29Oct 29 October, 2020. Thursday of Week 30

29 October, 2020. Thursday of Week 30

St Colman, bishop (Opt. Mem.)

1st Reading: Ephesians 6:10-20

Putting on the armour of God, for the struggle of life

Be strong in the Lord and in the strength of his power. Put on the whole armour of God, so that you may be able to stand against the wiles of the devil. For our struggle is not against enemies of blood and flesh, but against the rulers, against the authorities, against the cosmic powers of this present darkness, against the spiritual forces of evil in the heavenly places. Therefore take up the whole armour of God, so that you may be able to withstand on that evil day, and having done everything, to stand firm.

Stand therefore, and fasten the belt of truth around your waist, and put on the breastplate of righteousness. As shoes for your feet put on whatever will make you ready to proclaim the gospel of peace. With all of these, take the shield of faith, with which you will be able to quench all the flaming arrows of the evil one. Take the helmet of salvation, and the sword of the Spirit, which is the word of God.

Pray in the Spirit at all times in every prayer and supplication. To that end keep alert and always persevere in supplication for all the saints. Pray also for me, so that when I speak, message may be given to me to make known with boldness the mystery of the gospel, for which I am an ambassador in chains. Pray that I may declare it boldly, as I must speak.

Responsorial: from Psalm 143

R./: Blessed be the Lord, my Rock

Blessed be the Lord, my rock
who trains my arms for battle,
who prepares my hands for war. (R./)

He is my love, my fortress;
he is my stronghold, my saviour,
my shield, my place of refuge.
He brings peoples under my rule. (R./)

To you, O God, will I sing a new song;
I will play on the ten-stringed lute
to you who give kings their victory,
who set David your servant free. (R./)

Gospel: Luke 13:31-35

Pharisees warn of Herod’s plans to seize Jesus; he laments over Jerusalem and its coming destruction

Some Pharisees came and said to Jesus, “Get away from here, for Herod wants to kill you.” He said to them, “Go and tell that fox for me, ‘Listen, I am casting out demons and performing cures today and tomorrow, and on the third day I finish my work. Yet today, tomorrow, and the next day I must be on my way, because it is impossible for a prophet to be killed outside of Jerusalem.’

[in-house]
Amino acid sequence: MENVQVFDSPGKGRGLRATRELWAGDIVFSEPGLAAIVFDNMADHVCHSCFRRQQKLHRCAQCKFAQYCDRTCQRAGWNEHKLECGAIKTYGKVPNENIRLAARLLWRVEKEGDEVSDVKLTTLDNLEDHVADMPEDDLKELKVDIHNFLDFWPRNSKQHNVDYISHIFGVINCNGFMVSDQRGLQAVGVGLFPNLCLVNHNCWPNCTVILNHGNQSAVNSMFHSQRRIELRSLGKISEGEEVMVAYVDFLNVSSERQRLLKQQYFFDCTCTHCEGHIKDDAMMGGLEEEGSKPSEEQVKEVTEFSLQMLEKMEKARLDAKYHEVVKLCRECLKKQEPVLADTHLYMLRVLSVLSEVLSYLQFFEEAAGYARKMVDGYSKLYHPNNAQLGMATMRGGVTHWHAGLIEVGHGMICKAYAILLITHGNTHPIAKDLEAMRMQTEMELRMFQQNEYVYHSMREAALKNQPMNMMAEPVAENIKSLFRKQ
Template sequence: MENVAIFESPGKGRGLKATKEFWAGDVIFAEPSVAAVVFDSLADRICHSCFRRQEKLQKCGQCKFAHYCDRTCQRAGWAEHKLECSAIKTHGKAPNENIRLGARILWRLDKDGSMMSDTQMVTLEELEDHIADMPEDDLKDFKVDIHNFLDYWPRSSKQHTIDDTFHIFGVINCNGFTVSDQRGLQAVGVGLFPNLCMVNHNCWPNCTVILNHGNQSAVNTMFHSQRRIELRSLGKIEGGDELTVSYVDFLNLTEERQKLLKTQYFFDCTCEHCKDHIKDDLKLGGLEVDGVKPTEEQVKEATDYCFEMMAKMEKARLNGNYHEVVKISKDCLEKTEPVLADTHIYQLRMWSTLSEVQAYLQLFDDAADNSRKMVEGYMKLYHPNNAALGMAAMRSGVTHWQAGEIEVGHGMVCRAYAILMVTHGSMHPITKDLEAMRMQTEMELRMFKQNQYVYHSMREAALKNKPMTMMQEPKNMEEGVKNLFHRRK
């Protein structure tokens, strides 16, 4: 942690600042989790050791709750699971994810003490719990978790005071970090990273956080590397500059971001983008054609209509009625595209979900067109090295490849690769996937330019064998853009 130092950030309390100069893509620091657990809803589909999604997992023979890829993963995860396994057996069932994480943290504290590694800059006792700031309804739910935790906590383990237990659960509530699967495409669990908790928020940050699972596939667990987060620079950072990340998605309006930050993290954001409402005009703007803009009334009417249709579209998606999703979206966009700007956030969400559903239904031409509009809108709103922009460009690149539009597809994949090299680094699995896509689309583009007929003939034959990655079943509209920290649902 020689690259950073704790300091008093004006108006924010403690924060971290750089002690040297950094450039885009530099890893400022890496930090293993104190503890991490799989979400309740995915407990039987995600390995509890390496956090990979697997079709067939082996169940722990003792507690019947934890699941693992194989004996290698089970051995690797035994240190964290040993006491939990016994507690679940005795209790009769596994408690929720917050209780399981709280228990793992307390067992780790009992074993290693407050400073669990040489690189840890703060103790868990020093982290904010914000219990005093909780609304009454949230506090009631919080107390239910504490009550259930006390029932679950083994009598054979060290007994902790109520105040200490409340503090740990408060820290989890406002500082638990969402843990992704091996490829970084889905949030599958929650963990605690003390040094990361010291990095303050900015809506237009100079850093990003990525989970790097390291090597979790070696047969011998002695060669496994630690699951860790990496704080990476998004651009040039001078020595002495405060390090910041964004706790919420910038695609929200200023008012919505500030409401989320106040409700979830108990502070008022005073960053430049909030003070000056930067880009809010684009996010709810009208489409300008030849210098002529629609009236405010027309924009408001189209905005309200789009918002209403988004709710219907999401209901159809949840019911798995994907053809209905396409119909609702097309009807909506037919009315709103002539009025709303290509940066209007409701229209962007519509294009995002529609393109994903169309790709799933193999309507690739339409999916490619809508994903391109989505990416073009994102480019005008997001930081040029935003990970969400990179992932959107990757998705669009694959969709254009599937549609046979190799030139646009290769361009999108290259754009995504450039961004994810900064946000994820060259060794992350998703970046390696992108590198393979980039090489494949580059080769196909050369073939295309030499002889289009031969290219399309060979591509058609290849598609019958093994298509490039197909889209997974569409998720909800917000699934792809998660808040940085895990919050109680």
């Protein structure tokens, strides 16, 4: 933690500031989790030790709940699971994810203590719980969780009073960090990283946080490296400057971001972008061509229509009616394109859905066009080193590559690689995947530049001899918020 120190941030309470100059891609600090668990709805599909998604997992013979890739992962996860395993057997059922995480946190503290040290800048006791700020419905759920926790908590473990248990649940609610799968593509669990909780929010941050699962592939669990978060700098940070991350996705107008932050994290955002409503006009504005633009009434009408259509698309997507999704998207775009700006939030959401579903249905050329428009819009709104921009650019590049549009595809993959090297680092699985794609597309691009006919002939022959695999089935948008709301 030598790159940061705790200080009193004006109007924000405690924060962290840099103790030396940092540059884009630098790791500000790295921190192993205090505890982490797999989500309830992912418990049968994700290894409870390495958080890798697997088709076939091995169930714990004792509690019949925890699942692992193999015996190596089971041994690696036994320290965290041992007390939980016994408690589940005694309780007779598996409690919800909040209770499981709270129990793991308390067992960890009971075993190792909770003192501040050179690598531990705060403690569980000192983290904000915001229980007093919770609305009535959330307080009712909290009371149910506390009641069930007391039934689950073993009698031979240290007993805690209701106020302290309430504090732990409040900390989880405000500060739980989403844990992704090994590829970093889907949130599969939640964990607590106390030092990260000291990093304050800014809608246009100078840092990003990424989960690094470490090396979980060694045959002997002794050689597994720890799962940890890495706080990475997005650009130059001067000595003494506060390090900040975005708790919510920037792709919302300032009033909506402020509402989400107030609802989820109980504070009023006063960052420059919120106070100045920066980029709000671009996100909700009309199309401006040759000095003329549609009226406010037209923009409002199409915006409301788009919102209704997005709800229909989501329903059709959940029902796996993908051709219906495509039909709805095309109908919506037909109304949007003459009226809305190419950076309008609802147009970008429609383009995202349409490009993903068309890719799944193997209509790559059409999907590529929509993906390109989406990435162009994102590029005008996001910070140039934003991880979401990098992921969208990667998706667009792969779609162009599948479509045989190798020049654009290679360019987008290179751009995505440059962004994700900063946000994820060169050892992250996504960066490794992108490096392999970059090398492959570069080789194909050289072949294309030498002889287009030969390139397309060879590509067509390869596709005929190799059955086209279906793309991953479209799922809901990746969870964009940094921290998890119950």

“Jerusalem, Jerusalem, the city that kills the prophets and stones those who are sent to it! How often have I desired to gather your children together as a hen gathers her brood under her wings, and you were not willing! See, your house is left to you. And I tell you, you will not see me until the time comes when you say, ‘Blessed is the one who comes in the name of the Lord.'”


Love will win out

When Paul (or whoever wrote Ephesians in his name) presents the moral life as a battleground, where we need the whole armour of God, it evokes yesterday’s warning to “Enter the narrow door.”

Are there forces that stand in the way of salvation? Right now we may overlook them or even try to silence them with a guilty conscience. Shun not the struggle; face it, ’tis God’s gift. Jesus himself had to struggle with the knowledge of his impending death, by which he would return to his Father in heaven. His ministry was to speak his truth to power, no matter what the cost. And for this he died a prophet’s death in Jerusalem. Still, the sight of the Holy City does not stir him to hatred or bitterness. What he says about Jerusalem is a mixture of love and his indomitable hope: “How often have I wanted to gather your children together as a hen gathers her young under her wings.” Eventually, love will win out.

The hen and her chicks

Jesus was clearly a keen observer of nature and of the animal world. He would have often seen hens clucking about in the village, gathering their brood and watching over them. He too was bent on gathering people. He wanted to form them into a united community, including people who would not normally relate in friendship, Jew, Samaritan and Gentile, rich and poor, law abiding and sinner, male and female.

He laments the fact that so many were not willing to be gathered by him. He longed to gather them but he was powerless before the mystery of human freedom. He could call and invite and plead, but could not coerce.

When his desire to save people met with murderous resistance, and they nailed him to the cross, he continued to call and to invite, calling them still. “When I am raised up… I will draw all people to myself.”

After the resurrection, his work of calling and inviting and gathering continues to this day. He never ceases his work of gathering people for the kingdom of God and he continues to await our response.

Various influences can block us from responding to the Lord’s call. To resist such forces we need the strength of grace, the armour of God. For this, says Ephesians, we should pray in the Spirit at all times.


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